GeorgetownPrep’s Brendan Collins, shown here in the IAC Championship game, was one of several area stars to play big roles at the Under Armour All-American weekend at Towson.(Photo by Mark Gail/For the Washington Post)

It wasn’t like Jen Giles hadn’t played in big games before. Mount Hebron’s rivalry games with 3A/2A champion Marriotts Ridge are some of the most heated public school girls’ lacrosse games you’ll find. Her club team, M&D Black, is one of the nation’s best and most heavily recruited. The first0team All-Met is used to big stages populated with elite players, but even she felt something extra at last weekend’s Under Armour All-American tournament at Towson.

The Under Armour Underclass All-American tournament features 10 teams from various regions throughout the country, made up of each area’s top non-seniors and selected via tryouts. Though a showcase for the country’s top lacrosse talent, most players on regional rosters are already committed or close to it, in keeping with lacrosse’s tendency toward early recruiting. So while players aren’t always playing for scholarships, as they might at similar football or basketball showcase games, the Under Armour weekend is among the most prestigious events in high school lacrosse. And according to Giles, you can tell.

“The level of intensity is taken to a whole different level,” the Maryland commit said. “Not just on offense on defense, but even in transition, all the time. Everyone’s working hard, showing skills you’ve never seen before. It’s fun.”

Giles, a rising senior, played for the annual favorite Baltimore team for the second year in a row. She scored two goals in the championship game, including the game-winner in overtime, to give Baltimore a 10-9 win over Long Island — its second straight Underclass Tournament win.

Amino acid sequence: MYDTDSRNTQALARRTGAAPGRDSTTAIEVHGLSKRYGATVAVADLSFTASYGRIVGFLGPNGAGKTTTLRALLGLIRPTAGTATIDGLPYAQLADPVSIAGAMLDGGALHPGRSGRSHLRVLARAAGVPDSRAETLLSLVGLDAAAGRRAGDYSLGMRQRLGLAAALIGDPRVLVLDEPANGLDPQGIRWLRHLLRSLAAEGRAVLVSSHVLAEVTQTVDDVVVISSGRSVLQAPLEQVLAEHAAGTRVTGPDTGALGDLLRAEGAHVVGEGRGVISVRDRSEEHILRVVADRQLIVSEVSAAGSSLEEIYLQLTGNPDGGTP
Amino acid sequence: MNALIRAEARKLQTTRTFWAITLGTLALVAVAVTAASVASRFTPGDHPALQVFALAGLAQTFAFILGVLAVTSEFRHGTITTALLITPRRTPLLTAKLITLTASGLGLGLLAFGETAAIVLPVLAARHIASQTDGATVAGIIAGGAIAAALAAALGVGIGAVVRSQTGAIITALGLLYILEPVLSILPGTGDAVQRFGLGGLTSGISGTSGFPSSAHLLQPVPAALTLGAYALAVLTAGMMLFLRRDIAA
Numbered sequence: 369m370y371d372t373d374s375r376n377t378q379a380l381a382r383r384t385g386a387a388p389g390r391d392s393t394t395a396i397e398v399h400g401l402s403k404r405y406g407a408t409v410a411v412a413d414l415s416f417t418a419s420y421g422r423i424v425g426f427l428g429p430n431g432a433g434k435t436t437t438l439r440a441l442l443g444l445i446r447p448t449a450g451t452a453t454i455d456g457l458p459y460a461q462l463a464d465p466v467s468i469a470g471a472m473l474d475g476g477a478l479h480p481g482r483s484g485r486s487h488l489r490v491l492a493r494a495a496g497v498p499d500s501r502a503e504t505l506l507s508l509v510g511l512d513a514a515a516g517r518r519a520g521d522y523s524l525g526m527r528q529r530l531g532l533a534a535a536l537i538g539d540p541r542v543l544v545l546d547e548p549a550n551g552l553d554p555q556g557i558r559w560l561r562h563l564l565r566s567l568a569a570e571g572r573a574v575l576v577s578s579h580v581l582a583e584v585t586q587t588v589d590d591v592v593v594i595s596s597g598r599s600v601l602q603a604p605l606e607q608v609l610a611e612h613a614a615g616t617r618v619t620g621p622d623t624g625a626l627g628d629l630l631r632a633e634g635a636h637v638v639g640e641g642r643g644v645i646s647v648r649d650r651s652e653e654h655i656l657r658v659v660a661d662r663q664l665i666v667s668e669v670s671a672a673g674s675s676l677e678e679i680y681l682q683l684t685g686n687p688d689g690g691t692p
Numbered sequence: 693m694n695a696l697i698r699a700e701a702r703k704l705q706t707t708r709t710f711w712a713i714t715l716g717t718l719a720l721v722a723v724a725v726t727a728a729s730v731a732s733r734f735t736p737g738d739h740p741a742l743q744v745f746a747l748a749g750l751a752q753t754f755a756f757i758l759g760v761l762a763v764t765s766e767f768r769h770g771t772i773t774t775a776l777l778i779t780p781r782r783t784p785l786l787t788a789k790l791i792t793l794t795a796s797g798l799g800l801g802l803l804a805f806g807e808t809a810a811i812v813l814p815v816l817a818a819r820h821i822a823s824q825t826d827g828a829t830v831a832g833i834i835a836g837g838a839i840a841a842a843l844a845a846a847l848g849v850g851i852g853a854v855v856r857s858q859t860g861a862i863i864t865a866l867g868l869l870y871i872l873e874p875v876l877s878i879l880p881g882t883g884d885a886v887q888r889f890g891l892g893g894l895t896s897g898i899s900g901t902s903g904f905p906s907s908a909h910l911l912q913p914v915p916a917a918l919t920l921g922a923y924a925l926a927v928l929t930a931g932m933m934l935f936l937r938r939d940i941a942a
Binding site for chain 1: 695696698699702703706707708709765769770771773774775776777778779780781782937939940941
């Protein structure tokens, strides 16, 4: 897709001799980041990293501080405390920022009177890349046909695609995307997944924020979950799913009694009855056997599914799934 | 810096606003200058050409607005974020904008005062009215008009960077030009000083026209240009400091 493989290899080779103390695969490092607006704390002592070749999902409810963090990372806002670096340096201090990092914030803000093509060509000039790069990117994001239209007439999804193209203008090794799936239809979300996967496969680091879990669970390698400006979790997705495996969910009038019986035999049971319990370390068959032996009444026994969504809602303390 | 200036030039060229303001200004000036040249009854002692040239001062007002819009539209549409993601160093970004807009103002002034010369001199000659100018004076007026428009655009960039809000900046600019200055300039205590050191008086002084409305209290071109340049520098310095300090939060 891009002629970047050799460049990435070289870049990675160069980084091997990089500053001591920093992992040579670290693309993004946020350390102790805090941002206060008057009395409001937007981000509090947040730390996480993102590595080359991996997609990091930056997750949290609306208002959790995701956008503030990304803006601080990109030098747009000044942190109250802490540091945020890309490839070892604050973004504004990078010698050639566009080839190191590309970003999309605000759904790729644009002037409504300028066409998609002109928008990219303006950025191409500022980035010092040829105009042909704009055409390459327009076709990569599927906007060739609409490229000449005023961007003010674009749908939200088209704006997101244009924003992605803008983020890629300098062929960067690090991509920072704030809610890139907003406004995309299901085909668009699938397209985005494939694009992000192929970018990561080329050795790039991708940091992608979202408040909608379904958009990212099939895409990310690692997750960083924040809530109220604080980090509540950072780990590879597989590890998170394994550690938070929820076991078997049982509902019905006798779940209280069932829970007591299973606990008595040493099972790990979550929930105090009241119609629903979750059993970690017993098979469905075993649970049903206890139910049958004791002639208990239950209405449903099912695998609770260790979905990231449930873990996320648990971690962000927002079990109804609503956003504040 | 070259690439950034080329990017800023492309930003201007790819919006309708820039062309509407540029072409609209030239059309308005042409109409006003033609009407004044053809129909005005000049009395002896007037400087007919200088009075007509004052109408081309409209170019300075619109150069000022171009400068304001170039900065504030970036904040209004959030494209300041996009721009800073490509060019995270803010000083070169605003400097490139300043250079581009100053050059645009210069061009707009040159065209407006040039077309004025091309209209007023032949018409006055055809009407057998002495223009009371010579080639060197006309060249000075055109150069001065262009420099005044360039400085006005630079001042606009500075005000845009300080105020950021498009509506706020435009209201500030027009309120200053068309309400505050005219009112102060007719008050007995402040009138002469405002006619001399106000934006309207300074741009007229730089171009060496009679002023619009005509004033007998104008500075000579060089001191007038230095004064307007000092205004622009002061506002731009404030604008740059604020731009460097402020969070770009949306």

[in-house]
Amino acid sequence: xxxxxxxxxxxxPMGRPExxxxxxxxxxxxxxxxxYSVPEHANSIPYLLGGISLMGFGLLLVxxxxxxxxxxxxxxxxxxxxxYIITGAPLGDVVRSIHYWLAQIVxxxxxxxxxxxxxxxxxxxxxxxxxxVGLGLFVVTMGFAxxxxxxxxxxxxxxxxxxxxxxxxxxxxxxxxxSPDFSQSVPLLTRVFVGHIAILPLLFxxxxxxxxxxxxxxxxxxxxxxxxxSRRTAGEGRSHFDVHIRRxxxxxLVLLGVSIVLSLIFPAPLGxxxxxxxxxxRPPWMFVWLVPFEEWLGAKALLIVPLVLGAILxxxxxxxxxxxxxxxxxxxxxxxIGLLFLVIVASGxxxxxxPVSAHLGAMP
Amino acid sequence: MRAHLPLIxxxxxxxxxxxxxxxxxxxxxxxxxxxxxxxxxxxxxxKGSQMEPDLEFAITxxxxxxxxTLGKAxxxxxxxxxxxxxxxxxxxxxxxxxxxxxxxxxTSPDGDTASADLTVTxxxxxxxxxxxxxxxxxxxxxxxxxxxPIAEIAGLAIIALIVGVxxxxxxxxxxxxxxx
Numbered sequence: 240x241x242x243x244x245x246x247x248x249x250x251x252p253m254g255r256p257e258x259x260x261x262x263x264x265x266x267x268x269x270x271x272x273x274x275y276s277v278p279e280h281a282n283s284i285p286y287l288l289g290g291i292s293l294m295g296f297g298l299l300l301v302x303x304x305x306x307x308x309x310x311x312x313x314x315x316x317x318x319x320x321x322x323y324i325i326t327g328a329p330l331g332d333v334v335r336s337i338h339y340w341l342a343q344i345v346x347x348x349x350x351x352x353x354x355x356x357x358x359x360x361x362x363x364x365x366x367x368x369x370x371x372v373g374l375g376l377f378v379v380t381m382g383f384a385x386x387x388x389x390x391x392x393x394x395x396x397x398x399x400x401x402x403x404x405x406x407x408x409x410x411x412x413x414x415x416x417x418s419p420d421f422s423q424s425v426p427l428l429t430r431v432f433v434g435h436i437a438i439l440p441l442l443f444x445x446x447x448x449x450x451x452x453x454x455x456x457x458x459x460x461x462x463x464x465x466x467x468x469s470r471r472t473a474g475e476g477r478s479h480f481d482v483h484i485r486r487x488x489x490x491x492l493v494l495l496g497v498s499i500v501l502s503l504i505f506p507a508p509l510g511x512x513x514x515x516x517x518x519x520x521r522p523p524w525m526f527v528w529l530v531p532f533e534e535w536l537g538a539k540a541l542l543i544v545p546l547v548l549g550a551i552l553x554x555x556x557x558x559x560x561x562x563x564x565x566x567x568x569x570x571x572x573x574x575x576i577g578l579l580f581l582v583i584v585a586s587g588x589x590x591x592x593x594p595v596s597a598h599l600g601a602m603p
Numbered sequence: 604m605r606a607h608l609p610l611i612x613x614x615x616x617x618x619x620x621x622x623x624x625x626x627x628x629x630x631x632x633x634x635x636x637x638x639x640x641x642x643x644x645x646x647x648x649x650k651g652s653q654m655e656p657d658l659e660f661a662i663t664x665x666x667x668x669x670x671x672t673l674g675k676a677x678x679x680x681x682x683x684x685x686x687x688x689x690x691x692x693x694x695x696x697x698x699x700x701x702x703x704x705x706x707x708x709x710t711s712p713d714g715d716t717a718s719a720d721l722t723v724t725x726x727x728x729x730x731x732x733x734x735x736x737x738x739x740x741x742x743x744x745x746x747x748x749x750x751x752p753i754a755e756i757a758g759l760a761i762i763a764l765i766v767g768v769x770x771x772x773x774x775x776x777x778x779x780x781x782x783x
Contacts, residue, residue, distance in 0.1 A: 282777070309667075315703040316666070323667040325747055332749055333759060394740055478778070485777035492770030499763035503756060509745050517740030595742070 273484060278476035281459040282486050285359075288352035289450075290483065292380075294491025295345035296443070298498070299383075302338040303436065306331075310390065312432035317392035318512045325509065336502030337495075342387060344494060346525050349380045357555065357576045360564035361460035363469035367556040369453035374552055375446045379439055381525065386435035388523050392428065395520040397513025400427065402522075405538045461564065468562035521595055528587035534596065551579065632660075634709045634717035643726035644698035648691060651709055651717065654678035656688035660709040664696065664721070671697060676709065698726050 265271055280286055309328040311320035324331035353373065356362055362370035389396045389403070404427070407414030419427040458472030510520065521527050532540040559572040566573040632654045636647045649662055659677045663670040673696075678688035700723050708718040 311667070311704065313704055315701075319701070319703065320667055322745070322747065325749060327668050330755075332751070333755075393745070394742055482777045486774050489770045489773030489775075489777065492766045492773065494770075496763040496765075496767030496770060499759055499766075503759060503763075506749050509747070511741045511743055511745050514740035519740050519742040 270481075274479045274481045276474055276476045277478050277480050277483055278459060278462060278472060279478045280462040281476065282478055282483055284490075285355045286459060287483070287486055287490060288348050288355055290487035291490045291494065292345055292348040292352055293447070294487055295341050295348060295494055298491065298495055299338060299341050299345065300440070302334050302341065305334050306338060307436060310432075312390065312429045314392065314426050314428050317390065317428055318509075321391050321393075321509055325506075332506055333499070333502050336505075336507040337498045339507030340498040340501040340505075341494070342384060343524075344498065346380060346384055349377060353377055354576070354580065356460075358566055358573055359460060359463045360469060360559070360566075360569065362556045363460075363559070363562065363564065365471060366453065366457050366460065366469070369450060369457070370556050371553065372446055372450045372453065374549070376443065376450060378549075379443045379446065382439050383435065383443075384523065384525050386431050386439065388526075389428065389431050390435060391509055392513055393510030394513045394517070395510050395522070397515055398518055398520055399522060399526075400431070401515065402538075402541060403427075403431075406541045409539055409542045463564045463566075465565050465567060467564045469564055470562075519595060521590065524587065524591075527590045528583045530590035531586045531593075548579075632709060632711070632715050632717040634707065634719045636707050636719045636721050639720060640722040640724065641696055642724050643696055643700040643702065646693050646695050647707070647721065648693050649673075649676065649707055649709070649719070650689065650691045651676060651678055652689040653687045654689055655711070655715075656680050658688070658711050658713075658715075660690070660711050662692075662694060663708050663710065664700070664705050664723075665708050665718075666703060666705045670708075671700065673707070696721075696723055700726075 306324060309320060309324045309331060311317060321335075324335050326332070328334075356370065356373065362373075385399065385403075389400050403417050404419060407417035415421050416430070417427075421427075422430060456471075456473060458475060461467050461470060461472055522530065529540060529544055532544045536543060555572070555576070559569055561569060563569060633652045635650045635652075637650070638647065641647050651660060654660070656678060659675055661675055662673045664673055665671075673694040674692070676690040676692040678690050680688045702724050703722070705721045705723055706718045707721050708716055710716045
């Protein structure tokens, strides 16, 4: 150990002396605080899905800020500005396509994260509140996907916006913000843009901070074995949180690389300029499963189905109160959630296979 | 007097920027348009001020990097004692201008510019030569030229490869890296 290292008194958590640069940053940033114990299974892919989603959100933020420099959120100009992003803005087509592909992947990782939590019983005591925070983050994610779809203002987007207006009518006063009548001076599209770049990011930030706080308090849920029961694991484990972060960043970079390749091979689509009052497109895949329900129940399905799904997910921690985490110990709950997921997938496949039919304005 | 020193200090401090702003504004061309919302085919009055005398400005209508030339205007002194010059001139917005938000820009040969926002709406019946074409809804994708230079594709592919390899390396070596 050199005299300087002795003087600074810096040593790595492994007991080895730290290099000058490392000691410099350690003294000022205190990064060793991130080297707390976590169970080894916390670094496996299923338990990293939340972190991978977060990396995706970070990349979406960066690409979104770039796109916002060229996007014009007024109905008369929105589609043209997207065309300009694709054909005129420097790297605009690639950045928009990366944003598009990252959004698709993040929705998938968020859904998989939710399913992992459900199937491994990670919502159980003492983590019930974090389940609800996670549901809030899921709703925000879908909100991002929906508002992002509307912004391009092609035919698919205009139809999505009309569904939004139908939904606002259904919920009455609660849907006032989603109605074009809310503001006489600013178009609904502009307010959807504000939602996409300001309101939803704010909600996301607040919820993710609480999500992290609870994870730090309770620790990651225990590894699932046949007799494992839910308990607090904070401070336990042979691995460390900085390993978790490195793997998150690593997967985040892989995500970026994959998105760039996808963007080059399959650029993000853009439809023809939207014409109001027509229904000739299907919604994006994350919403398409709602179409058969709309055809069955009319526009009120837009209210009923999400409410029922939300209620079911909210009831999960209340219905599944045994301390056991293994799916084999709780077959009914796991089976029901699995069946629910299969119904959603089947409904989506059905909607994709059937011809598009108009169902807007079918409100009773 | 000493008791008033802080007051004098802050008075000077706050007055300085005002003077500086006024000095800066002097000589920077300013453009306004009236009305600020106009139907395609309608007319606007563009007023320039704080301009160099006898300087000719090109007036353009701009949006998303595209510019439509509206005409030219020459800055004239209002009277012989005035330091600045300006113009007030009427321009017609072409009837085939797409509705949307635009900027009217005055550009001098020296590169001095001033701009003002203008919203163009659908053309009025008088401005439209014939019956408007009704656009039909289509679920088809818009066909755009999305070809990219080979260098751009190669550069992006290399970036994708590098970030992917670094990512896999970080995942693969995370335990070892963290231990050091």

The Baltimore boys scripted a similar weekend, needing overtime to knock off Philadelphia, 8-7, for the Underclass title. They were led by Howard Coach Jimmy Creighton, who guided the Lions through their best season in school history, an undefeated regular season and a berth in the state title game. Throughout his team’s 2014 run he navigated close games against some of Maryland’s top public school competition — a comeback against Westminster, a convincing win over Dulaney in the state semifinal. But his first year coaching in the Under Armour Underclass tournament and its rosters brimming with elite talent was another thing entirely.

All he could do when some goals were scored against the Baltimore squad was laugh and ask “What can you do about that?” On occasion, he’d watch his players score highlight-reel goals and admit he and his coaches couldn’t have written a play better.

“There’s a lot of moments where you just turn at another coach and say ‘Wow,’ ” Creighton said. ” You think you can’t coach that. That’s just really good.”

The weekend also featured the boys and girls Under Armour All-American games, which pitted all-star team of graduated seniors from the North region against the South. D.C-area players played for the South teams.

The girls’ South team fell to the North, 18-11, despite goals from 2014 first-team All-Mets Kelly Myers (Georgetown Visitation), Taylor Hensh (Marriotts Ridge) and Maryland-bound Kacie Longo (South River).

The boys, on the other hand, rallied to stun the North, demolishing a 9-2 deficit with a comeback that ended in a 17-16 overtime win.

All-Met Player of the Year Charlie Horning scored three goals and chipped in an assist in the win, while his Georgetown Prep teammate and two-time first-team All-Met pick Brendan Collins also added a goal. Horning will play at Villanova next season, while Collins heads to Notre Dame, just two of the dozens of Division I commits collected at Towson last weekend.

“Knowing it’s all the best players in the country, it makes you feel so honored and privileged to be on a team like that,” Giles said. “You get to learn a lot through each other, and every game is so intense. No matter what team you’re playing. And that’s really, really fun.”

Related: Girls’ lacrosse Recruit Watch

Boys’ lacrosse Recruit Watch